The barbell front squat is one of the safer squat variations because it places less strain on the back. Yet, balancing the bar on the front of the shoulders also really limits how much weight you can squat during the exercise.
So, we’re going to go over seven alternatives for when the barbell front squat just isn’t cutting it anymore.
Table of Contents
1. Goblet Squat
Let’s be honest – Overloading the bar during a barbell front squat can cause the bar to dig into your shoulders or your wrists to begin aching. That’s why the goblet squat is the perfect alternative.
With the use of a single dumbbell (or a kettlebell) clenched in front of your chest and a greater focus on your squat technique, you can improve your squat form and get some much-needed front-loaded squats into your workout.
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- Start with your feet shoulder-width apart and a single dumbbell grasped in both hands in front of you.
- Keeping your back straight and looking forward, lower yourself until you reach about a 90-degree angle in both of your knees
- Use your feet to push up off the floor and return to your starting position.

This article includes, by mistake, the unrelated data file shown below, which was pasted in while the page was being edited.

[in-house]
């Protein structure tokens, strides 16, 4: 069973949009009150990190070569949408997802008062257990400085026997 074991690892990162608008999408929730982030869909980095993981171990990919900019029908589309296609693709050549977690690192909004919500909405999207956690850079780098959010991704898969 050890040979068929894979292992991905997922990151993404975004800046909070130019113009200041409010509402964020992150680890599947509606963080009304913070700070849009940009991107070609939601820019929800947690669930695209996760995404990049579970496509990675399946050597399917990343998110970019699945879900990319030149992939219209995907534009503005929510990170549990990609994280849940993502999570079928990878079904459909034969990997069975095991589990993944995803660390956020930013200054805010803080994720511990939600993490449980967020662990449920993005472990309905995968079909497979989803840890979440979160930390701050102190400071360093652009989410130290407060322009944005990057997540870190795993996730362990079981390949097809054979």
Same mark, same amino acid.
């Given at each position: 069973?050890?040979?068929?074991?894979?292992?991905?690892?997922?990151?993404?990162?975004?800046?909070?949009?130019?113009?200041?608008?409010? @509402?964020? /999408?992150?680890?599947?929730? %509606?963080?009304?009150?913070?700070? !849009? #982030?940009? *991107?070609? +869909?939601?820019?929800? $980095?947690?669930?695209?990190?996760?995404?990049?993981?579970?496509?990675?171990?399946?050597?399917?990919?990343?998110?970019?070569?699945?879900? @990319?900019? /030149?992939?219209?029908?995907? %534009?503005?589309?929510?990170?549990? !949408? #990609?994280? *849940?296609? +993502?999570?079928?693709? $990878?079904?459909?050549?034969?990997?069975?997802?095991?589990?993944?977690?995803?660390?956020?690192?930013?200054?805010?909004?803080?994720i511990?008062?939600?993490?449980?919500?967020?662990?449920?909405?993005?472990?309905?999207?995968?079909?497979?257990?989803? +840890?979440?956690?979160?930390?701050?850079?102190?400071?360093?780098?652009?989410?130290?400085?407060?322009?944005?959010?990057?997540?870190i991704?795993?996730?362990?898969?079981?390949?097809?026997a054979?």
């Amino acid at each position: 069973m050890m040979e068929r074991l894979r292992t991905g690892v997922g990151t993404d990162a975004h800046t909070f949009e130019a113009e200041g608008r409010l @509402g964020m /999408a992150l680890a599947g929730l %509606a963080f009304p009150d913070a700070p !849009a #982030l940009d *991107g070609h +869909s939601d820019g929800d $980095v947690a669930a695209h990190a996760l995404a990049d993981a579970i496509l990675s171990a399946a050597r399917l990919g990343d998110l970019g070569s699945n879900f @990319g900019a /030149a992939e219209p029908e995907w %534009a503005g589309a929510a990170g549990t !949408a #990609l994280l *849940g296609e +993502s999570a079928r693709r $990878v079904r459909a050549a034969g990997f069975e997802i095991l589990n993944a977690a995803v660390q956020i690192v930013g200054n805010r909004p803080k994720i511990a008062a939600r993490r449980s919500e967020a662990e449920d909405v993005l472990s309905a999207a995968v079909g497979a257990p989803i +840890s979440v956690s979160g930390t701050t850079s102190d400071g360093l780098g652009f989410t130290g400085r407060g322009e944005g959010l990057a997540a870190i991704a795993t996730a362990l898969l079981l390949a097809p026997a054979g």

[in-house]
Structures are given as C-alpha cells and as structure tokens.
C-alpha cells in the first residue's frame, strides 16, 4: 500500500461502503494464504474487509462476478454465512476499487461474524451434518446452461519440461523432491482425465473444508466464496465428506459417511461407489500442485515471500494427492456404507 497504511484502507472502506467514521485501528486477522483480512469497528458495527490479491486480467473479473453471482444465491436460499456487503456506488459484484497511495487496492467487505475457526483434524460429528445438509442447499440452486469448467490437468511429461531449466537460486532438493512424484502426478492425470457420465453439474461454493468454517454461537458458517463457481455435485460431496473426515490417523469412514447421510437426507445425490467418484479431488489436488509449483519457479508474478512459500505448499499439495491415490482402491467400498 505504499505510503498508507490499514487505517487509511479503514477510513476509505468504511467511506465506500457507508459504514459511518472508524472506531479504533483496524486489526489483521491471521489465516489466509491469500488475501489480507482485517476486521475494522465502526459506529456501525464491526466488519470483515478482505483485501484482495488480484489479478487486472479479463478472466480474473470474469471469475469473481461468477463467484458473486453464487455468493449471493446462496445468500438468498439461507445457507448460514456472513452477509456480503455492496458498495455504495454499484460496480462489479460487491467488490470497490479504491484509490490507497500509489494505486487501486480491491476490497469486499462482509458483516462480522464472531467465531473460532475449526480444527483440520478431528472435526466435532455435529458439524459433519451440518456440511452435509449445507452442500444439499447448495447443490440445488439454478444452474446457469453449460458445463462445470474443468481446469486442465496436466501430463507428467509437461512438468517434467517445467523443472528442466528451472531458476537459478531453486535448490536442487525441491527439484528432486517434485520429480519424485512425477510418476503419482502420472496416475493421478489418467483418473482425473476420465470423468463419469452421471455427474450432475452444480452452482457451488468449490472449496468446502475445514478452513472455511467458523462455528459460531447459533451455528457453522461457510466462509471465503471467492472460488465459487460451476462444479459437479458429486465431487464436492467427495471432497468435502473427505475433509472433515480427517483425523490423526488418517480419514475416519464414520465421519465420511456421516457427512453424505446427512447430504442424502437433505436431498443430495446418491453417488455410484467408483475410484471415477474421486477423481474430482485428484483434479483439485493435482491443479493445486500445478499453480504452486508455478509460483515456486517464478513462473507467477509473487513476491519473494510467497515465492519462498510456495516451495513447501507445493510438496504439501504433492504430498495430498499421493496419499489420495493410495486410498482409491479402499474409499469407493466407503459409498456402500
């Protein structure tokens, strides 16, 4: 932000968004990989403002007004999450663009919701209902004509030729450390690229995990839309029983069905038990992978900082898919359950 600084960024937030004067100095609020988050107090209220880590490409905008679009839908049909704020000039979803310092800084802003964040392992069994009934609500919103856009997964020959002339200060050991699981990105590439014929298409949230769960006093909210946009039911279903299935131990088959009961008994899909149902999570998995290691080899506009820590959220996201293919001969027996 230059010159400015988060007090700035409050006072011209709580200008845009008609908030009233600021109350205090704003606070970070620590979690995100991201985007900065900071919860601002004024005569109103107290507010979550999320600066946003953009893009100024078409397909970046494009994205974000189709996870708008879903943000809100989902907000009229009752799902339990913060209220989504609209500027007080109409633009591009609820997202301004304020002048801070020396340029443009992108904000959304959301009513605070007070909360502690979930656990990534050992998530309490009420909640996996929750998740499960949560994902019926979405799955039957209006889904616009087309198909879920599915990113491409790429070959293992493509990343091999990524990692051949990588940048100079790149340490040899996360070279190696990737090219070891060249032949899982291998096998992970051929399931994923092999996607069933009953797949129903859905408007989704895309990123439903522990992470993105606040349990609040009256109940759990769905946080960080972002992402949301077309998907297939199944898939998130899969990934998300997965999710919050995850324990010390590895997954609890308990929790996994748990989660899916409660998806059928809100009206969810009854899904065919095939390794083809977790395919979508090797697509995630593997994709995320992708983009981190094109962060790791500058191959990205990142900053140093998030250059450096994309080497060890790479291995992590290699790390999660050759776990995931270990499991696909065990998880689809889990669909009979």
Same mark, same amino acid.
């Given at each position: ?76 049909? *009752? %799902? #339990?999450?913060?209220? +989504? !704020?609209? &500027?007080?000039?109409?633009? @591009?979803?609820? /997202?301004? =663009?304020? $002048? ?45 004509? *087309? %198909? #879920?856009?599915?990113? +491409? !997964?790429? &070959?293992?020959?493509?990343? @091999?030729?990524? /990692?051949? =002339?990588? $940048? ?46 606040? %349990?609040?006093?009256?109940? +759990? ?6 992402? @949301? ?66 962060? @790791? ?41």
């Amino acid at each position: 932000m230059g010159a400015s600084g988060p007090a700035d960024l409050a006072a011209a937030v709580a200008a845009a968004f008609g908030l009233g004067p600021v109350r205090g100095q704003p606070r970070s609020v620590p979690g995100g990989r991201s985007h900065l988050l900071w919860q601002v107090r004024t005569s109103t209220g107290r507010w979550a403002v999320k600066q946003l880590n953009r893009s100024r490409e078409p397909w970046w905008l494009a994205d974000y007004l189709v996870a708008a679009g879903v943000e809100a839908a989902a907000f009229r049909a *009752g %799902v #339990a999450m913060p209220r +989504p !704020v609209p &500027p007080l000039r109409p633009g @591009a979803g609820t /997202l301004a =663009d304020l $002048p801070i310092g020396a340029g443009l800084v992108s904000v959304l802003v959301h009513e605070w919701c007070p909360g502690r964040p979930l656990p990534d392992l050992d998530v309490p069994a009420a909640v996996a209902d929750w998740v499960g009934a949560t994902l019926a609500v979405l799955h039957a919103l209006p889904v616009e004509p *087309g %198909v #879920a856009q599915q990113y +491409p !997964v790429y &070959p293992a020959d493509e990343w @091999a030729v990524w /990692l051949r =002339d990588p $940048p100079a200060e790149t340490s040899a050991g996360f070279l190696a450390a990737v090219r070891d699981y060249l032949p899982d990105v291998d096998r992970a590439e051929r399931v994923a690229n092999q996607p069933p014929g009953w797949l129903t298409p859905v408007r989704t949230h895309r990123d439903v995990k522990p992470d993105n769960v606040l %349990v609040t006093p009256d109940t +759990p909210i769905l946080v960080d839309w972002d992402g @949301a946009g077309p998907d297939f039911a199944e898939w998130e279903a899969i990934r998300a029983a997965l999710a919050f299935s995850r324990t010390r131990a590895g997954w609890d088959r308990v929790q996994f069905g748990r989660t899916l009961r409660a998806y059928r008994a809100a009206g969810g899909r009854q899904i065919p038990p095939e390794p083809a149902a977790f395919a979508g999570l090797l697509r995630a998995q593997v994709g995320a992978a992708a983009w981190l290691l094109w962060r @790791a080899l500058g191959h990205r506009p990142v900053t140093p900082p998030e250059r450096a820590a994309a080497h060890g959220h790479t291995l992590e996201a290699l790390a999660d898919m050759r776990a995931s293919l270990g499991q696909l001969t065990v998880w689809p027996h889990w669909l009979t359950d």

2. Crossed-Arm Barbell Front Squat
One of the biggest complaints about performing heavy barbell front squats is that they hurt the wrists. That’s because both wrists are forced into an awkward backward position that most people just aren’t used to.
With the crossed-arm barbell front squat, you’re basically doing a regular barbell front squat. The only real difference is that your arms will be crossed in front of you and will be securing the barbell from above (rather than below).
- Balance a barbell on your shoulders (like a regular barbell front squat), but cross your arms across your body so that you’re gripping the barbell from above with each hand.
- With your feet about shoulder-width apart, begin to drop down to about a 90-degree angle in your knees.
- Push up off of the floor with your feet to return to your starting position.
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3. Bulgarian Split Squat